‘The European Union is considering banning the implementation of so-called “backdoors” that allow the reading of encrypted messaging, a move that would place it in conflict with the UK government’s desire to have access to all secure communications.’

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The Guardian, 19th June 2017

Source: www.theguardian.com

The Highs and Lows of the UK’s Business and Human Rights Laws – Rightsinfo

‘Today marks 6 years since the UN Human Rights Council adopted the Guiding Principles on Business and Human Rights. To celebrate, we are looking at three fantastic things the UK has done to ensure that businesses respect human rights, and two areas where it could vastly improve.’

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Rightsinfo, 16th June 2017

Source: rightsinfo.org

Data protection fine shows security risks from using open source software cannot be ignored, says expert – OUT-LAW.com

Posted June 15th, 2017 in computer programs, data protection, fines, local government, news by sally

‘A six-figure fine issued to a local authority in England for a breach of UK data protection laws should serve as a reminder to all organisations of their need to manage the security risks inherent in using ‘open source’ software, an expert has said.’

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OUT-LAW.com, 15th June 2017

Source: www.out-law.com

Council hit with £100k fine after cyber attack during IT outsourcing – Local Government Lawyer

‘A city council has been hit with a £100,000 monetary penalty after leaving employees’ personal information vulnerable to a cyber attacker who exploited a flaw in the authority’s website.’

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Local Government Lawyer, 12th June 2017

Source: www.localgovernmentlawyer.co.uk

Range of factors behind fall in number of defamation cases, says expert – OUT-LAW.com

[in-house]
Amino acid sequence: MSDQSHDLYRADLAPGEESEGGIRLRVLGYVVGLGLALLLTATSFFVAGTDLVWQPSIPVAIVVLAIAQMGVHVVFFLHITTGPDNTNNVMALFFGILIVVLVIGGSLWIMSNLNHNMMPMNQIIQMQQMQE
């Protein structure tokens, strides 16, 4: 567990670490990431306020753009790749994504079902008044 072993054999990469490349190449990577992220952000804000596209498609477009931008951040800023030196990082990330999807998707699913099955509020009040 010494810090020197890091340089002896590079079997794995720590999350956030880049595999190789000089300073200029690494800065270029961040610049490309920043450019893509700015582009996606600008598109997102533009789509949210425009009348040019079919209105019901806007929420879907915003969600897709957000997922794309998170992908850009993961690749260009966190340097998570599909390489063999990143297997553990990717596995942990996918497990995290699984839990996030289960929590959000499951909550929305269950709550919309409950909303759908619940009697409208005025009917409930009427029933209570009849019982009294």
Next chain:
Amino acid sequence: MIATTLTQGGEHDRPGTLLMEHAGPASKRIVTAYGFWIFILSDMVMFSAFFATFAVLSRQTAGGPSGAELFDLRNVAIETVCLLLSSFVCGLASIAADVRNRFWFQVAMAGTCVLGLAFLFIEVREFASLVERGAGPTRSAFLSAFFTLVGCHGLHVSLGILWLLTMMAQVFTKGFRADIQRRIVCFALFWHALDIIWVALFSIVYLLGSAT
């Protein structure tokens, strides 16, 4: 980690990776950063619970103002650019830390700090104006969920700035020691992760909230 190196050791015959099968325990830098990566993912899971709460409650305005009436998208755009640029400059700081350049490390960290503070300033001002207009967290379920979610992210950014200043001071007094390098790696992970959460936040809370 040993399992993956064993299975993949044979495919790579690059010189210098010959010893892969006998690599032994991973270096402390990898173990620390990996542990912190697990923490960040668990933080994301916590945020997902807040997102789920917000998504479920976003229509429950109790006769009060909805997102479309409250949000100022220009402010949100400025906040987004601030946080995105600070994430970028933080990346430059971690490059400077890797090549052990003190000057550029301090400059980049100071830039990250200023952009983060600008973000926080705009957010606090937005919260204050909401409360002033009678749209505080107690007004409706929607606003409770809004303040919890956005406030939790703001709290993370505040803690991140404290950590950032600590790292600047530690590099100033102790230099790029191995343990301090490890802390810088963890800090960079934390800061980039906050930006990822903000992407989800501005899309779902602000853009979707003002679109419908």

Posted June 8th, 2017 in data protection, defamation, media, news, statistics by sally

‘A change in the law that makes it more challenging to prove defamation in England and Wales is just one reason why the number of defamation cases brought in the UK fell last year, according to a media law expert.’

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OUT-LAW.com, 7th June 2017

Source: www.out-law.com

Planning law does not trump rights to privacy, says watchdog – OUT-LAW.com

Posted June 2nd, 2017 in data protection, news, planning, privacy by sally

‘Local authorities processing planning applications cannot ignore their responsibilities under data protection law, the UK’s Information Commissioner’s Office (ICO) has warned.’

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OUT-LAW.com,1st June 2017

Source: www.out-law.com

Council fined £150k for publishing sensitive data in online planning documents – Local Government Lawyer

Posted June 1st, 2017 in data protection, fines, gipsies, internet, local government, news, planning, privacy by sally

‘Basildon Borough Council has been fined £150,000 by the Information Commissioner’s Office (ICO) for publishing sensitive personal information about a family in planning application documents that were made publicly available online.’